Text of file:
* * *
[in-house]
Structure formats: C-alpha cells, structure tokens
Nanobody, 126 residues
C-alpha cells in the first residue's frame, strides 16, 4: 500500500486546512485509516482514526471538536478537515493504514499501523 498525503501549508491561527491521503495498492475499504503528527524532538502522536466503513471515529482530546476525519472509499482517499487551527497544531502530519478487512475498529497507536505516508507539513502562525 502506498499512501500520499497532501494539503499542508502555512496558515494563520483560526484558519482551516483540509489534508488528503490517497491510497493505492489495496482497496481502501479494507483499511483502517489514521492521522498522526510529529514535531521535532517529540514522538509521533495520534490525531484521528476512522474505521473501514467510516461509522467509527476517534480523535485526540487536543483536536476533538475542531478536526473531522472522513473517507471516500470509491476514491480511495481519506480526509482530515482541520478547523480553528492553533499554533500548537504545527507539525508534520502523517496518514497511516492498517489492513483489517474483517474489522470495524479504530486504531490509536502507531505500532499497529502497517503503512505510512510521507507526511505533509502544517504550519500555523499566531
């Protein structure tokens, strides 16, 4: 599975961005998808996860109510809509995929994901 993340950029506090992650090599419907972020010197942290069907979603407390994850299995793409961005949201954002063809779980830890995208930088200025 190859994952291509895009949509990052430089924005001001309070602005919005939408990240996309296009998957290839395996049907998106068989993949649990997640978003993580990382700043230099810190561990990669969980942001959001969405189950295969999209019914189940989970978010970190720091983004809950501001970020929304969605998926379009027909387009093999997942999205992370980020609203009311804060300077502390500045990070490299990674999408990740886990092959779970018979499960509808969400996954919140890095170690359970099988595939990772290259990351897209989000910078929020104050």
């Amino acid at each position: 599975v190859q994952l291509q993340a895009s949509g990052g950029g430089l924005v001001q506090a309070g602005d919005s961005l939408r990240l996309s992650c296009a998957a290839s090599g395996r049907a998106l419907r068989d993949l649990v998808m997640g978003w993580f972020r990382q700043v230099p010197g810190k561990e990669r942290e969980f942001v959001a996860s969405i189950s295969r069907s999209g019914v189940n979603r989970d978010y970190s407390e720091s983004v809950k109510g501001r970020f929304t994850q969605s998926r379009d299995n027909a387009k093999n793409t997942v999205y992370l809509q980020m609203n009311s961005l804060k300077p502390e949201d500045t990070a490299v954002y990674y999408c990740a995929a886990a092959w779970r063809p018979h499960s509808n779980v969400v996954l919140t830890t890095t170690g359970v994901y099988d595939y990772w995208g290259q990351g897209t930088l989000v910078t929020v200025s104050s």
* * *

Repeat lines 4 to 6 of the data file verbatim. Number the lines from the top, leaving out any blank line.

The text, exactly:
C-alpha cells in the first residue's frame, strides 16, 4: 500500500486546512485509516482514526471538536478537515493504514499501523 498525503501549508491561527491521503495498492475499504503528527524532538502522536466503513471515529482530546476525519472509499482517499487551527497544531502530519478487512475498529497507536505516508507539513502562525 502506498499512501500520499497532501494539503499542508502555512496558515494563520483560526484558519482551516483540509489534508488528503490517497491510497493505492489495496482497496481502501479494507483499511483502517489514521492521522498522526510529529514535531521535532517529540514522538509521533495520534490525531484521528476512522474505521473501514467510516461509522467509527476517534480523535485526540487536543483536536476533538475542531478536526473531522472522513473517507471516500470509491476514491480511495481519506480526509482530515482541520478547523480553528492553533499554533500548537504545527507539525508534520502523517496518514497511516492498517489492513483489517474483517474489522470495524479504530486504531490509536502507531505500532499497529502497517503503512505510512510521507507526511505533509502544517504550519500555523499566531
């Protein structure tokens, strides 16, 4: 599975961005998808996860109510809509995929994901 993340950029506090992650090599419907972020010197942290069907979603407390994850299995793409961005949201954002063809779980830890995208930088200025 190859994952291509895009949509990052430089924005001001309070602005919005939408990240996309296009998957290839395996049907998106068989993949649990997640978003993580990382700043230099810190561990990669969980942001959001969405189950295969999209019914189940989970978010970190720091983004809950501001970020929304969605998926379009027909387009093999997942999205992370980020609203009311804060300077502390500045990070490299990674999408990740886990092959779970018979499960509808969400996954919140890095170690359970099988595939990772290259990351897209989000910078929020104050």
């Amino acid at each position: 599975v190859q994952l291509q993340a895009s949509g990052g950029g430089l924005v001001q506090a309070g602005d919005s961005l939408r990240l996309s992650c296009a998957a290839s090599g395996r049907a998106l419907r068989d993949l649990v998808m997640g978003w993580f972020r990382q700043v230099p010197g810190k561990e990669r942290e969980f942001v959001a996860s969405i189950s295969r069907s999209g019914v189940n979603r989970d978010y970190s407390e720091s983004v809950k109510g501001r970020f929304t994850q969605s998926r379009d299995n027909a387009k093999n793409t997942v999205y992370l809509q980020m609203n009311s961005l804060k300077p502390e949201d500045t990070a490299v954002y990674y999408c990740a995929a886990a092959w779970r063809p018979h499960s509808n779980v969400v996954l919140t830890t890095t170690g359970v994901y099988d595939y990772w995208g290259q990351g897209t930088l989000v910078t929020v200025s104050s």